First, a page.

Acid Reflux: What You Should Know
Heartburn generally occurs as you lie down to sleep, especially if you have just eaten a large meal.
When you awaken in the middle of the night, you have a burning sensation in your throat and a bitter taste in your mouth. Suddenly, an unpalatable substance comes up from your stomach, forcing you to spit it back up.
The pain in your throat and the hoarseness of your voice will subside when you have gotten rid of it. It’s possible that you’ll cough or that your chest may sound wheezy.
What you’ve been experiencing is heartburn, which has absolutely nothing to do with your cardiovascular system.
It occurs when stomach acids, which are normally used to digest your food, rush back into your oesophagus and cause irritation (the long tube between your mouth and your stomach). It is these acids that cause irritation and burning to the lining of your esophageal and throat.
Heartburn is something that everyone encounters every now and again. However, it has the potential to become chronic, i.e. reoccur on a regular basis. A gastroesophageal reflux disease (also known as GORD) is a condition in which you suffer heartburn many times a week (or GERD if you are American).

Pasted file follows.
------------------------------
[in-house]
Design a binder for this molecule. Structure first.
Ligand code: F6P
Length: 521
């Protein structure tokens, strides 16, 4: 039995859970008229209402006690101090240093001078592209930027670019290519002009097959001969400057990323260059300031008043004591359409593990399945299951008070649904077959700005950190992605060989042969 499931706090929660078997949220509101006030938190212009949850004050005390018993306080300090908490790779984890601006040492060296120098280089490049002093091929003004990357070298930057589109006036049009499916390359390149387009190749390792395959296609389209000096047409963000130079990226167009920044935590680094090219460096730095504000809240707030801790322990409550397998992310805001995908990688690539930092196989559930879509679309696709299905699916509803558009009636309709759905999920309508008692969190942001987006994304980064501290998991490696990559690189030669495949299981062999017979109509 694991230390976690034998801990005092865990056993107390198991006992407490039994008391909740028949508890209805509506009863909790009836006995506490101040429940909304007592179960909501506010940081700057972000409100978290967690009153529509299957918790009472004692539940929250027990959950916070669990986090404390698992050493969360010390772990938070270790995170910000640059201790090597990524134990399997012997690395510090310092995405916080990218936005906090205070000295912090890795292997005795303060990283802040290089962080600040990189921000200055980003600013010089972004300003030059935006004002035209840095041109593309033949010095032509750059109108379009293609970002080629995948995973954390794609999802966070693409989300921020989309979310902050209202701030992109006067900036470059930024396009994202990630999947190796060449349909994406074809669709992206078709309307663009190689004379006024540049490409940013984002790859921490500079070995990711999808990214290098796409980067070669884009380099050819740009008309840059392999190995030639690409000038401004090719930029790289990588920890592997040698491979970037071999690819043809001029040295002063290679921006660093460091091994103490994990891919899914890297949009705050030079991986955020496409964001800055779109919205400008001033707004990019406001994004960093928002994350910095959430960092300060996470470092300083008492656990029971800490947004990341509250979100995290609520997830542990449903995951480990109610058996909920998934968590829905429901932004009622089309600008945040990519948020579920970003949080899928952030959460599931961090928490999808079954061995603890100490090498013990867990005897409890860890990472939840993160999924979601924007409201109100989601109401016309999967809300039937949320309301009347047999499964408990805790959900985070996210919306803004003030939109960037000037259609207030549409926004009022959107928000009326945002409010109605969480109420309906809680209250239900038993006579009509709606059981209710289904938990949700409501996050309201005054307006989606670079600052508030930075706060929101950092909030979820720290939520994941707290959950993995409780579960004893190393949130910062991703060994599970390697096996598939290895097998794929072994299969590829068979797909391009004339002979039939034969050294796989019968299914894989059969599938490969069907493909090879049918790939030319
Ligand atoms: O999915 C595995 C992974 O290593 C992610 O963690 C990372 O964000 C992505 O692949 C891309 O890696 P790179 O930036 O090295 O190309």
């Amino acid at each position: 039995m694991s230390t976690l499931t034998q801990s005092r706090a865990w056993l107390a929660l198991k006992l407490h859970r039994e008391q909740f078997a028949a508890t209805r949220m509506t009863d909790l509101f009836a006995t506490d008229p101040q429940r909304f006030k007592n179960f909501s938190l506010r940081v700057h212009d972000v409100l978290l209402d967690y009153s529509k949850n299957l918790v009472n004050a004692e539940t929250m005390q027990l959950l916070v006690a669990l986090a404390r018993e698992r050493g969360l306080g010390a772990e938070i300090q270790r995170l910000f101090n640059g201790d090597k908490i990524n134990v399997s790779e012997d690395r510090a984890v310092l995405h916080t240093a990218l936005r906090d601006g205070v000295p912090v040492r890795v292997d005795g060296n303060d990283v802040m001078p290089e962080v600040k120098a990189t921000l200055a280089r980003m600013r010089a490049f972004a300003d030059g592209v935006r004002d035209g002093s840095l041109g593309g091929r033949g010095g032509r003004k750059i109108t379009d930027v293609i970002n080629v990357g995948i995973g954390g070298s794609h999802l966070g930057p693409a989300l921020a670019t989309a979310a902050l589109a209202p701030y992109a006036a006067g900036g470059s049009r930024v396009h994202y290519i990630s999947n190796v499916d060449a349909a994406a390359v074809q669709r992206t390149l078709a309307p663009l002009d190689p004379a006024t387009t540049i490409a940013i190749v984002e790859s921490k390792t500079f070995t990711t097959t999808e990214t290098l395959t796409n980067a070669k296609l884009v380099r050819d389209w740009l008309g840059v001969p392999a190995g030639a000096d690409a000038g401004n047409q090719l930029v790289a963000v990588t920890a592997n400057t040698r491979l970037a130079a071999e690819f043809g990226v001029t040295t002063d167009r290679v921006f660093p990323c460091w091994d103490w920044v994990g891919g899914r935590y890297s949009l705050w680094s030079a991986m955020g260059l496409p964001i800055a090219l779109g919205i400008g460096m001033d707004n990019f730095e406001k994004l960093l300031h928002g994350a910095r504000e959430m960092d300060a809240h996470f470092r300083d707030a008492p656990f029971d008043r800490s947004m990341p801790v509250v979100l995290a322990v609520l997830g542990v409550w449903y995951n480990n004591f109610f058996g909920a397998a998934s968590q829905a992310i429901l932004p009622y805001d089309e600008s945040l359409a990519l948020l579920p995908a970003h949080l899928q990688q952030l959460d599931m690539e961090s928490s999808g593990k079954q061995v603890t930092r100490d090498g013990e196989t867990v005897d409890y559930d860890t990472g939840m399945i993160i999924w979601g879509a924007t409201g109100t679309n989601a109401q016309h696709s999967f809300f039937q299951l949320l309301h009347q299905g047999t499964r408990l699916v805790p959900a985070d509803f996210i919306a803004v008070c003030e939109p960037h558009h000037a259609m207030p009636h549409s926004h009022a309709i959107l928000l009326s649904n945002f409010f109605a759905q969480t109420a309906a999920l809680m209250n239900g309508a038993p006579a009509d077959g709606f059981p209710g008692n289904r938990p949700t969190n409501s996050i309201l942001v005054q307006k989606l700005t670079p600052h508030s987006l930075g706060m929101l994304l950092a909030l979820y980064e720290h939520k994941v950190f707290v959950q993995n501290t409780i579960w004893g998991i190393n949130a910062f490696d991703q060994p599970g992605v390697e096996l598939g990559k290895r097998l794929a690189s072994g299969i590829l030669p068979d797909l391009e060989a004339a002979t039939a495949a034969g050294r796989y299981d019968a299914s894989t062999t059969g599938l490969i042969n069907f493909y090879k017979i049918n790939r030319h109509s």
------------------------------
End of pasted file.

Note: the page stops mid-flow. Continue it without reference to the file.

There are numerous important reasons why the chronic illness should be handled with care.
What happens to your body when you have chronic acid reflux (GORD)
Constant reflux of stomach acid into the esophagus might result in the following symptoms:
1 Dental issues… gastric acids in the mouth can cause significant damage to tooth enamel, necessitating more frequent visits to the dentist than is normally necessary.
… Stomach acid in the throat can cause hoarseness and laryngitis, as well as changes in the tone of the voice… When GORD is treated, these issues, on the other hand, tend to disappear quickly.